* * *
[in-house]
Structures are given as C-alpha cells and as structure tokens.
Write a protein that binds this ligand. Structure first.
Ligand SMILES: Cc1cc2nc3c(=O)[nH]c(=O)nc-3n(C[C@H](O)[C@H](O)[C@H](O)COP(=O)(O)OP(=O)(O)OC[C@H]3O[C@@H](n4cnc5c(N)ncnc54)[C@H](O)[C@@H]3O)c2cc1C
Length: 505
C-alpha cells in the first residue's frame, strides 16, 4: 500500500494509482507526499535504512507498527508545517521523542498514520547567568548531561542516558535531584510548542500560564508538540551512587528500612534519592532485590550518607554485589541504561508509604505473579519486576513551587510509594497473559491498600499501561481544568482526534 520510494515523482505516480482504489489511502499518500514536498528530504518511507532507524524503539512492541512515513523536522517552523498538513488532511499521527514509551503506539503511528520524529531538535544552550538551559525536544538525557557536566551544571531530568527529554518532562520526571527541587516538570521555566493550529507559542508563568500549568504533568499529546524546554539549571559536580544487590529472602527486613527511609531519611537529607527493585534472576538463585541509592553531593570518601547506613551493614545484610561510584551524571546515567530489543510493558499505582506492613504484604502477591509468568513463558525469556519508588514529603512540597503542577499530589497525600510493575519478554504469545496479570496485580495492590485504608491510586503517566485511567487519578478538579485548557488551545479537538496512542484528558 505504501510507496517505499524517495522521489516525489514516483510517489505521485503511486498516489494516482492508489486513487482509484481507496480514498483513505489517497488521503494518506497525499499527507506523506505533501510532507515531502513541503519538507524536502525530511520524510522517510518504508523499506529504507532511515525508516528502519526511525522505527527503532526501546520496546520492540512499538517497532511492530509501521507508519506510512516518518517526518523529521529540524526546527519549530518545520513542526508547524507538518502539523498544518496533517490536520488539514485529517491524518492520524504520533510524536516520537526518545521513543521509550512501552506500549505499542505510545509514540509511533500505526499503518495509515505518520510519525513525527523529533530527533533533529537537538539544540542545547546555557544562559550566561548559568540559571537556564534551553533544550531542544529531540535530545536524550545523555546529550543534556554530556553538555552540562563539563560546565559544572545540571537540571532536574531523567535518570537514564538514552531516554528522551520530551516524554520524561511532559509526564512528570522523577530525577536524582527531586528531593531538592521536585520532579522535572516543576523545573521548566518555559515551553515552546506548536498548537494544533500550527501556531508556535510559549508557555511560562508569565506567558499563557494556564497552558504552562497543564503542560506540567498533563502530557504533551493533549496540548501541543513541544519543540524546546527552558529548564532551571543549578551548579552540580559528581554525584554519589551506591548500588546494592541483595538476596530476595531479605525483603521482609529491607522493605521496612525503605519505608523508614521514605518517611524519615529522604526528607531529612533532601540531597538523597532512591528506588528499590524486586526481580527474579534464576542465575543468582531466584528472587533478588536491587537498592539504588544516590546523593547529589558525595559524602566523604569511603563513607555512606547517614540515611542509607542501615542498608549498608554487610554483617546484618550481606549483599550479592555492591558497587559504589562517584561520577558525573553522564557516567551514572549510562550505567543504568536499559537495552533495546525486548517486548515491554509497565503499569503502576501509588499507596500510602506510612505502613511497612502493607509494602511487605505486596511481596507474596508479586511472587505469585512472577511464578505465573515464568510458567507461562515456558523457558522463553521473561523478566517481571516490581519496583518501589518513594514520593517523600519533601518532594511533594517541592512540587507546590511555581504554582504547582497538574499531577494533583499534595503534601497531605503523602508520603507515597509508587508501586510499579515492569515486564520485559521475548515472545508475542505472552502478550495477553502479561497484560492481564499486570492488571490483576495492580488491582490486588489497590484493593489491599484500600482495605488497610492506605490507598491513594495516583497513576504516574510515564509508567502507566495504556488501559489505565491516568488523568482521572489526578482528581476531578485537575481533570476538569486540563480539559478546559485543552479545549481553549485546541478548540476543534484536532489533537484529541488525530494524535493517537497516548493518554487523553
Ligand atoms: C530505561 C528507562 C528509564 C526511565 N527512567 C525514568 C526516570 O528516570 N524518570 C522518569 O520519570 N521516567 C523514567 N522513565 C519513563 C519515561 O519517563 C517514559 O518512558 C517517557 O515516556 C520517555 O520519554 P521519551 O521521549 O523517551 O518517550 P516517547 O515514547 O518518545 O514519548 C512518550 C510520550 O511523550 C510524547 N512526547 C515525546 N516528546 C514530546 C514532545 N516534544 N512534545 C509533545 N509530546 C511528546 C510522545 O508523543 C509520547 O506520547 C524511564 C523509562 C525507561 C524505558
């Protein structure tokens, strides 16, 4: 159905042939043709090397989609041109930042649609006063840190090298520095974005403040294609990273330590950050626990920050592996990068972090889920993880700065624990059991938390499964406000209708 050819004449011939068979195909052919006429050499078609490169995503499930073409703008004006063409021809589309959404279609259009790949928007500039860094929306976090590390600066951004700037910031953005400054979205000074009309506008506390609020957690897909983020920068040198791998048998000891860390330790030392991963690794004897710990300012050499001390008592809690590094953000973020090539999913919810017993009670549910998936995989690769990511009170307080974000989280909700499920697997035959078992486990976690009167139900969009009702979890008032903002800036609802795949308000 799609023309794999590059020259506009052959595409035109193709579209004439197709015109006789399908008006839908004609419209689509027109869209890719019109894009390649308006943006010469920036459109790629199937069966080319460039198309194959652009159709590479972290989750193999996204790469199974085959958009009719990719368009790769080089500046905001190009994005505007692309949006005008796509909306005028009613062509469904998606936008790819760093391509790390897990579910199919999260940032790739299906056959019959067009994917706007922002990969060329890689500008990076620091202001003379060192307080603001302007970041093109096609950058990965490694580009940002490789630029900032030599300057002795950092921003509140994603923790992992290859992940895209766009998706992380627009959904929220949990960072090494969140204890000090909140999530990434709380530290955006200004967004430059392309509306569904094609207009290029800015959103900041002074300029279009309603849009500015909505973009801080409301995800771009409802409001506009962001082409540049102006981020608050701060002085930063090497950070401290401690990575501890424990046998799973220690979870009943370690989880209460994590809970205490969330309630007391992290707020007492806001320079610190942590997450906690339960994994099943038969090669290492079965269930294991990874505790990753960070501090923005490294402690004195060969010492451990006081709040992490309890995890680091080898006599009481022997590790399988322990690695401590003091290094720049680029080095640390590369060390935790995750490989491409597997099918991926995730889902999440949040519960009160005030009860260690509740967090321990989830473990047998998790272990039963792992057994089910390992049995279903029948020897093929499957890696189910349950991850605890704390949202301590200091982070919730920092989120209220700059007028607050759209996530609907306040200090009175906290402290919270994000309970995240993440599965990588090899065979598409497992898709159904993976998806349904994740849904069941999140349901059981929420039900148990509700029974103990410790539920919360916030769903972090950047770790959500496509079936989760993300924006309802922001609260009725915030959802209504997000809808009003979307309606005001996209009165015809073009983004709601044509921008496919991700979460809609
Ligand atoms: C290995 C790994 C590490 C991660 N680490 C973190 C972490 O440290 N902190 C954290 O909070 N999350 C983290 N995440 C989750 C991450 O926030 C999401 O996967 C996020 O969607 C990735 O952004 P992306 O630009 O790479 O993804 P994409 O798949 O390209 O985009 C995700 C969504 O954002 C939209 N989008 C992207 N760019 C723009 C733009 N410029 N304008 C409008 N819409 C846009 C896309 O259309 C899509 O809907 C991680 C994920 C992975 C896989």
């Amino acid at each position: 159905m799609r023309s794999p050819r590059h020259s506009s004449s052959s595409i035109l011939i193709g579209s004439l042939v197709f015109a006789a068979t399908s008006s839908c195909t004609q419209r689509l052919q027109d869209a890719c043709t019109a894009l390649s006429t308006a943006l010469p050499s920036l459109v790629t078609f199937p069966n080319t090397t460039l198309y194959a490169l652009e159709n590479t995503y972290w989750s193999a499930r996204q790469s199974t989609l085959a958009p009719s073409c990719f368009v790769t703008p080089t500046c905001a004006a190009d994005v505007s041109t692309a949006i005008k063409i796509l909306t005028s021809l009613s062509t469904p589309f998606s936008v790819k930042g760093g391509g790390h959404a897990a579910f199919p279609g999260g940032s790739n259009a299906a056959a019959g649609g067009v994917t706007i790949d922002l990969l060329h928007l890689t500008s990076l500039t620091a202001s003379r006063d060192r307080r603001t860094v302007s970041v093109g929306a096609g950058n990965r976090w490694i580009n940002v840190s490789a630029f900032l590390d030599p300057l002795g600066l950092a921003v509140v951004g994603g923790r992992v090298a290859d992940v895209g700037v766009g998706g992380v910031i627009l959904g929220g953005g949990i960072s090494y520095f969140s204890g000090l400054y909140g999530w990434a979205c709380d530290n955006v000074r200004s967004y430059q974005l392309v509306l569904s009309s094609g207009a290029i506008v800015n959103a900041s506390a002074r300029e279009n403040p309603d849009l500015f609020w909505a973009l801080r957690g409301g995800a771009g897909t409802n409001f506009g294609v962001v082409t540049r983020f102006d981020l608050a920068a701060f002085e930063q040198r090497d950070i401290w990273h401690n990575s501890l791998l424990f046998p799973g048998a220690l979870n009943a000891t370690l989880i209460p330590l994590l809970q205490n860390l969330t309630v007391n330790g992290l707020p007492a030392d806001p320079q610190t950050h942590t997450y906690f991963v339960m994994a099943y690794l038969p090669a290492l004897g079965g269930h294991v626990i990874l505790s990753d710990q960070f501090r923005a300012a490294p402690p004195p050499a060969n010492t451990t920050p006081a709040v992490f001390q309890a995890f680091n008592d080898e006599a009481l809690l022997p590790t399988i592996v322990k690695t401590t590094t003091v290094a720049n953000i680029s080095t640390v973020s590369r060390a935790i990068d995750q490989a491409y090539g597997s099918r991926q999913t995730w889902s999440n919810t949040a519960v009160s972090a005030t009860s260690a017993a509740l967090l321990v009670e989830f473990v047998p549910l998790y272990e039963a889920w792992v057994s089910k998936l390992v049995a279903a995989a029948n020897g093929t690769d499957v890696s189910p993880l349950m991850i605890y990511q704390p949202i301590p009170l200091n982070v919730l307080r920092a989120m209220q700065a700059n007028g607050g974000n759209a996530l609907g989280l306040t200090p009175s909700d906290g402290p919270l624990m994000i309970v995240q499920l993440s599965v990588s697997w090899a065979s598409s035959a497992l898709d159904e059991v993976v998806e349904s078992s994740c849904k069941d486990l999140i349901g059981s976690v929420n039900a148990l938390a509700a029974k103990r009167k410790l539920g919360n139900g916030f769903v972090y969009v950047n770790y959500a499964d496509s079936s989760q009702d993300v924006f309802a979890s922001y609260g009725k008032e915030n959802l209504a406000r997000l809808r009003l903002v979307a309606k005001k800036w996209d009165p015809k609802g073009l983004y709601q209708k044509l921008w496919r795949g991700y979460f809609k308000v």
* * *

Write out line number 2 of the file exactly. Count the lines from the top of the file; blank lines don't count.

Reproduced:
Structures are given as C-alpha cells and as structure tokens.